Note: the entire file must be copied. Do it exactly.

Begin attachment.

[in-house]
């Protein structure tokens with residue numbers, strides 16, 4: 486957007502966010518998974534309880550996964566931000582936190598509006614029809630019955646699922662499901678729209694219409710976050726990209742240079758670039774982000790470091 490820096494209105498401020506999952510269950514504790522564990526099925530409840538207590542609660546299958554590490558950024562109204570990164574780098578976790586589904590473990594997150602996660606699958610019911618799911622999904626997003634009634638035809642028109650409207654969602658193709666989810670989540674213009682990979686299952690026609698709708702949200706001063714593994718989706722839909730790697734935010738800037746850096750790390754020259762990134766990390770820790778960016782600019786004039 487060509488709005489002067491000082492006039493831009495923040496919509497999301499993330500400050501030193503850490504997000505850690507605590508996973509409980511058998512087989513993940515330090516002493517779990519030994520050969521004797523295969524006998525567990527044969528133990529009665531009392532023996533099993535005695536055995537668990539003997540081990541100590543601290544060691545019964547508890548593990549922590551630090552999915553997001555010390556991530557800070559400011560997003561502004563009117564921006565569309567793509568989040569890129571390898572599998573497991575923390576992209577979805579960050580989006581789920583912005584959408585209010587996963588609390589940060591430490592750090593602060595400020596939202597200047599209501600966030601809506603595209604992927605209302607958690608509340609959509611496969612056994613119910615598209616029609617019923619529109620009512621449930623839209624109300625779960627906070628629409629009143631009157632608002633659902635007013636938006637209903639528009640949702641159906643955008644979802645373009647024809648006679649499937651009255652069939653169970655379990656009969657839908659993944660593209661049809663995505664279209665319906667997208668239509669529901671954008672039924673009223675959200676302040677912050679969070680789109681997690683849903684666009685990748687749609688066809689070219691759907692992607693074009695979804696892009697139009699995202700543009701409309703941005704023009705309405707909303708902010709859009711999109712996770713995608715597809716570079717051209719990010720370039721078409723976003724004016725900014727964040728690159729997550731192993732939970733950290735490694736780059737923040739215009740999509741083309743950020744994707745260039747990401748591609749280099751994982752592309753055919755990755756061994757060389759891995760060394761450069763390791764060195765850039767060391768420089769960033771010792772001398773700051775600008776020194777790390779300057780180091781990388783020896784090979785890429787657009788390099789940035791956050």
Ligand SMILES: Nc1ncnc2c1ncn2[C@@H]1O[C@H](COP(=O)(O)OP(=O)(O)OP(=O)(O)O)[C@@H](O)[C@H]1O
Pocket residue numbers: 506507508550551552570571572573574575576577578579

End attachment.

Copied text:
[in-house]
């Protein structure tokens with residue numbers, strides 16, 4: 486957007502966010518998974534309880550996964566931000582936190598509006614029809630019955646699922662499901678729209694219409710976050726990209742240079758670039774982000790470091 490820096494209105498401020506999952510269950514504790522564990526099925530409840538207590542609660546299958554590490558950024562109204570990164574780098578976790586589904590473990594997150602996660606699958610019911618799911622999904626997003634009634638035809642028109650409207654969602658193709666989810670989540674213009682990979686299952690026609698709708702949200706001063714593994718989706722839909730790697734935010738800037746850096750790390754020259762990134766990390770820790778960016782600019786004039 487060509488709005489002067491000082492006039493831009495923040496919509497999301499993330500400050501030193503850490504997000505850690507605590508996973509409980511058998512087989513993940515330090516002493517779990519030994520050969521004797523295969524006998525567990527044969528133990529009665531009392532023996533099993535005695536055995537668990539003997540081990541100590543601290544060691545019964547508890548593990549922590551630090552999915553997001555010390556991530557800070559400011560997003561502004563009117564921006565569309567793509568989040569890129571390898572599998573497991575923390576992209577979805579960050580989006581789920583912005584959408585209010587996963588609390589940060591430490592750090593602060595400020596939202597200047599209501600966030601809506603595209604992927605209302607958690608509340609959509611496969612056994613119910615598209616029609617019923619529109620009512621449930623839209624109300625779960627906070628629409629009143631009157632608002633659902635007013636938006637209903639528009640949702641159906643955008644979802645373009647024809648006679649499937651009255652069939653169970655379990656009969657839908659993944660593209661049809663995505664279209665319906667997208668239509669529901671954008672039924673009223675959200676302040677912050679969070680789109681997690683849903684666009685990748687749609688066809689070219691759907692992607693074009695979804696892009697139009699995202700543009701409309703941005704023009705309405707909303708902010709859009711999109712996770713995608715597809716570079717051209719990010720370039721078409723976003724004016725900014727964040728690159729997550731192993732939970733950290735490694736780059737923040739215009740999509741083309743950020744994707745260039747990401748591609749280099751994982752592309753055919755990755756061994757060389759891995760060394761450069763390791764060195765850039767060391768420089769960033771010792772001398773700051775600008776020194777790390779300057780180091781990388783020896784090979785890429787657009788390099789940035791956050």
Ligand SMILES: Nc1ncnc2c1ncn2[C@@H]1O[C@H](COP(=O)(O)OP(=O)(O)OP(=O)(O)O)[C@@H](O)[C@H]1O
Pocket residue numbers: 506507508550551552570571572573574575576577578579